Page:A Brief History of Modern Philosophy.djvu/41

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38
THE PHILOSOPHY OF THE RENAISSANCE

Tycho Brahe’s observations in the laws which bear his name. He afterwards demonstrated the quantitative ratios on the basis of the facts of experience. Here his method involved the combination of the experimental with the mathematical method. Just as he had at first established the principle that nature conforms to mathematical laws by the theological method, so he further believes that the planets are guided in their course by separate planetary souls, even as the entire world-system is directed by the world-soul which dwells in the sun. His explanation of nature therefore was thoroughly animistic or mythological. Later on in life he held that science must make no assumptions except such as can be actually deduced from experience. He calls such causes vera causa. He also rejected the idea of planetary souls which as a matter of fact are never actually given in experience. In his Astronomia nova s. physica coelestis (1609) he makes the transition from theology and animism to pure natural science. He defends his belief in the importance and truth of the quantitative method psychologically and empirically as well as theologically. Mathematical knowledge is the clearest and the most certain knowledge which we possess and it becomes us therefore to apply it as widely as possible. The processes of nature are qualitatively modified by our subjective states (pro habitudine subjecti). Perfect certainty and objectivity can only be attained by the quantitative method. And, finally, experience reveals the fact that all material phenomena have quantitative, especially geometrical, attributes; “the method of measurement can be applied wherever there is matter” (ubi materia, ibi geometria). As a matter of fact the universe participates in quantity (mundus participat quantitate).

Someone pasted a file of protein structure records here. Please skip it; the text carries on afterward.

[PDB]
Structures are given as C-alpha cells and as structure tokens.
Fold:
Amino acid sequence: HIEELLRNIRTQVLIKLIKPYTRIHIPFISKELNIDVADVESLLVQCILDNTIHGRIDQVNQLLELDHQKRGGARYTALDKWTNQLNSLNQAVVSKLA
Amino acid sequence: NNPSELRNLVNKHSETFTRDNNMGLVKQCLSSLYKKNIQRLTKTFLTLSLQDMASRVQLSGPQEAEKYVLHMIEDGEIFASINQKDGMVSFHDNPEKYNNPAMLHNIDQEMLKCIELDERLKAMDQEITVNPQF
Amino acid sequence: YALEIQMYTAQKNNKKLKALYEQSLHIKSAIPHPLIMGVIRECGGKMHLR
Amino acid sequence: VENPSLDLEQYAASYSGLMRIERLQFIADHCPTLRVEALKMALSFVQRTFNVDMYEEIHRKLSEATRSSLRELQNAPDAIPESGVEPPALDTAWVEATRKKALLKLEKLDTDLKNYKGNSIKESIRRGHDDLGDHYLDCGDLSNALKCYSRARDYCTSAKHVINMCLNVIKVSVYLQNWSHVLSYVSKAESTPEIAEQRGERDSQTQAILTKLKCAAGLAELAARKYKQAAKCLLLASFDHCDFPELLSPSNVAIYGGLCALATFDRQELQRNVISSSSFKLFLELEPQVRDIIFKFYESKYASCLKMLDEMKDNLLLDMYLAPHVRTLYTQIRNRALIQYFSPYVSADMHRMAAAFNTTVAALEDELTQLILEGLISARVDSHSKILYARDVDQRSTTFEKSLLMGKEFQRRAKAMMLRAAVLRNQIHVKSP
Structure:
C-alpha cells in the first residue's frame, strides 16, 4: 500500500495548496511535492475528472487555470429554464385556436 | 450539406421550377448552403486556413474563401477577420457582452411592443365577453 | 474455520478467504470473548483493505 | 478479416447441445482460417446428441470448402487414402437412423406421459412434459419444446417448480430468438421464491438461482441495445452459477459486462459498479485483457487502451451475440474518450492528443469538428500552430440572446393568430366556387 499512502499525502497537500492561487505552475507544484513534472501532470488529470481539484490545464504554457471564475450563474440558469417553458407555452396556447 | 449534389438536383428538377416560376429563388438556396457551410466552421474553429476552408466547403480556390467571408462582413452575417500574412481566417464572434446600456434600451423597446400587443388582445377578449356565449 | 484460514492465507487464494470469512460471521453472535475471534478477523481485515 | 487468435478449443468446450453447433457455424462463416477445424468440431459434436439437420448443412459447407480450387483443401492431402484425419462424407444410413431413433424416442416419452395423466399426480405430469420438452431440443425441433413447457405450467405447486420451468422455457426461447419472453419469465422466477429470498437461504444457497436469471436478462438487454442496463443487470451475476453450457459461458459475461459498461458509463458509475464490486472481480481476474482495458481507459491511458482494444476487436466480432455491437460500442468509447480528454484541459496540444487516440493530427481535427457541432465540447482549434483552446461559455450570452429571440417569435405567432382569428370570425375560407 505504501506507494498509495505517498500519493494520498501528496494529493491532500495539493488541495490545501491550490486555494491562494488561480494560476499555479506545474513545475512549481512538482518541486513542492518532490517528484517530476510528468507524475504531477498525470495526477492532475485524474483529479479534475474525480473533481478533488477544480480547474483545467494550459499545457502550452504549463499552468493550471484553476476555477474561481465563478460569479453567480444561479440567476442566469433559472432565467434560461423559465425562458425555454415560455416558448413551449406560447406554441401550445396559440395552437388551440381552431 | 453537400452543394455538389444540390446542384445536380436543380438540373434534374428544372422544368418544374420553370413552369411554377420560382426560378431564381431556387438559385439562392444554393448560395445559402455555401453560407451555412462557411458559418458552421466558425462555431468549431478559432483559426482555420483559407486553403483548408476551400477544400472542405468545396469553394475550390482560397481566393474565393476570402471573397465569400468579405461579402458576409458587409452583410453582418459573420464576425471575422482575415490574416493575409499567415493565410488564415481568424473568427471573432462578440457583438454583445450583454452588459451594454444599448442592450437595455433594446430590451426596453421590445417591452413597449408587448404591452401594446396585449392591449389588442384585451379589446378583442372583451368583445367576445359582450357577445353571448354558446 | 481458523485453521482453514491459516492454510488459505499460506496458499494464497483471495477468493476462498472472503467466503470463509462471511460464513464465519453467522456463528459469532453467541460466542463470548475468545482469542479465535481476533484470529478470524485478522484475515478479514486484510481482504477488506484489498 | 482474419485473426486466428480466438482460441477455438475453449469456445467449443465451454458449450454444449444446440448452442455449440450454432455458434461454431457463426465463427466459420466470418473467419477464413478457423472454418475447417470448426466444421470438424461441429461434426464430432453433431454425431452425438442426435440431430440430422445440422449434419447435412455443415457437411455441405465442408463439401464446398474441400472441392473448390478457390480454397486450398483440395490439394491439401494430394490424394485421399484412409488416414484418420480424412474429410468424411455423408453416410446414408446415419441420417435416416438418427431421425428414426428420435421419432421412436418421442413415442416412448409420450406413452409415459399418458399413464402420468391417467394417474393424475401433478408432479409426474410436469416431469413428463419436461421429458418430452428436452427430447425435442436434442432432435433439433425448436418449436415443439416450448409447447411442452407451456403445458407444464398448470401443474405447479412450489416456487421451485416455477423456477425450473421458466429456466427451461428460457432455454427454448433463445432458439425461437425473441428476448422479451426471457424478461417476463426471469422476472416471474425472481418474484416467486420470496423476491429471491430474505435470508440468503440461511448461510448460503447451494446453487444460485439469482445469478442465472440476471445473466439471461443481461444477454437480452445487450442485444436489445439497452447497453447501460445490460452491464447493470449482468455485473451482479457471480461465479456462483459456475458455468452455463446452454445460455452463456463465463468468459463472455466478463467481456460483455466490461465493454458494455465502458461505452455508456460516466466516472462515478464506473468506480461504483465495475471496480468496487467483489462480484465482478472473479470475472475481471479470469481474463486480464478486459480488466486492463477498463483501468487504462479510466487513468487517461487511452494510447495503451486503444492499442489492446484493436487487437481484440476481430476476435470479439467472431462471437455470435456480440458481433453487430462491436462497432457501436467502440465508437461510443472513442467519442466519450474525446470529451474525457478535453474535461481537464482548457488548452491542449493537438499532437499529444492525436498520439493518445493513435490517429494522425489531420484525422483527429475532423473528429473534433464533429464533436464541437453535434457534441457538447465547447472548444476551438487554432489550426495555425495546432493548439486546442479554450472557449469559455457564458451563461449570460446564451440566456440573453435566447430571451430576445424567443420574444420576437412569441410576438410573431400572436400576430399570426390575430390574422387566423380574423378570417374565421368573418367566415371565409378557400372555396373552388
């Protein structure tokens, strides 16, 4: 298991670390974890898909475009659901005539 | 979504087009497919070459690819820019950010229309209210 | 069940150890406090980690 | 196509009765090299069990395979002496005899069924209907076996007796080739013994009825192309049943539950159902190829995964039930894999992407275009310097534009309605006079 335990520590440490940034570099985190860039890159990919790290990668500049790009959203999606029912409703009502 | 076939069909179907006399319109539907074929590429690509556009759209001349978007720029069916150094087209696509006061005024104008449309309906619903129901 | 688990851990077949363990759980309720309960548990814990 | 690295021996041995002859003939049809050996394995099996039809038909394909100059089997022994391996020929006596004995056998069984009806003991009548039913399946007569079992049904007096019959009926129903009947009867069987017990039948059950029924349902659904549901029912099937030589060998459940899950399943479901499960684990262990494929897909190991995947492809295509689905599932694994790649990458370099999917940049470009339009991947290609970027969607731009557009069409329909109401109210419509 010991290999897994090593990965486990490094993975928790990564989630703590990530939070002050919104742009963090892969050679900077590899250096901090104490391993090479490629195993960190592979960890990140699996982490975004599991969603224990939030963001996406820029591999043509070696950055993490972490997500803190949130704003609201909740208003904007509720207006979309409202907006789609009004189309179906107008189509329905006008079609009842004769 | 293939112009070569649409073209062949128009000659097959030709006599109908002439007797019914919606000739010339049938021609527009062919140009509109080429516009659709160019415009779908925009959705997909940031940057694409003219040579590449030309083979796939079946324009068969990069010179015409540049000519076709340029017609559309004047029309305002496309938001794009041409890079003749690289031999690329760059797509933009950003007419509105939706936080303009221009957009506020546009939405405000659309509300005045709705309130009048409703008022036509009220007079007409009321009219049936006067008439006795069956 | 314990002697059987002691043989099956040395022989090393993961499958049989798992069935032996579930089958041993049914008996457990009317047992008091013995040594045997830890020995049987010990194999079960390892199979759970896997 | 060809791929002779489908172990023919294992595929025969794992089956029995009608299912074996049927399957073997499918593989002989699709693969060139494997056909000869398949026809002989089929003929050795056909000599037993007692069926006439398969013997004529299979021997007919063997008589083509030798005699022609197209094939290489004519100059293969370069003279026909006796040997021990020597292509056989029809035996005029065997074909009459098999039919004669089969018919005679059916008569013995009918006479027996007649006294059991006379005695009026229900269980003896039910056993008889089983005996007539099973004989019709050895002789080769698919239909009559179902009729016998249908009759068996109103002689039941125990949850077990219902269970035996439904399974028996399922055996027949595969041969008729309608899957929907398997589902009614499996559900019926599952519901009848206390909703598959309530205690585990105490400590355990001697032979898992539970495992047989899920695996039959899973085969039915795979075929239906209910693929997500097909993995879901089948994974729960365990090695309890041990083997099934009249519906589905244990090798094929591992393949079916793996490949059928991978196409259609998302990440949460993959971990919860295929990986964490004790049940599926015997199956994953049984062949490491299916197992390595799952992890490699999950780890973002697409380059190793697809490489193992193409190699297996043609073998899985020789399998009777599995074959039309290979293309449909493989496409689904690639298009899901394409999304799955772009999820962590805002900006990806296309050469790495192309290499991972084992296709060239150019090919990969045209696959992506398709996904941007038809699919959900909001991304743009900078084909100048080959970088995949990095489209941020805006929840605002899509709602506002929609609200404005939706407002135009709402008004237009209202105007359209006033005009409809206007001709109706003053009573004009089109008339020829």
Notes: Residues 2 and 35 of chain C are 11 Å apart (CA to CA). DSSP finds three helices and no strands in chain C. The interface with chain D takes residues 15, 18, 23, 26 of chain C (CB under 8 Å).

Kepler elaborates his general conception of scientific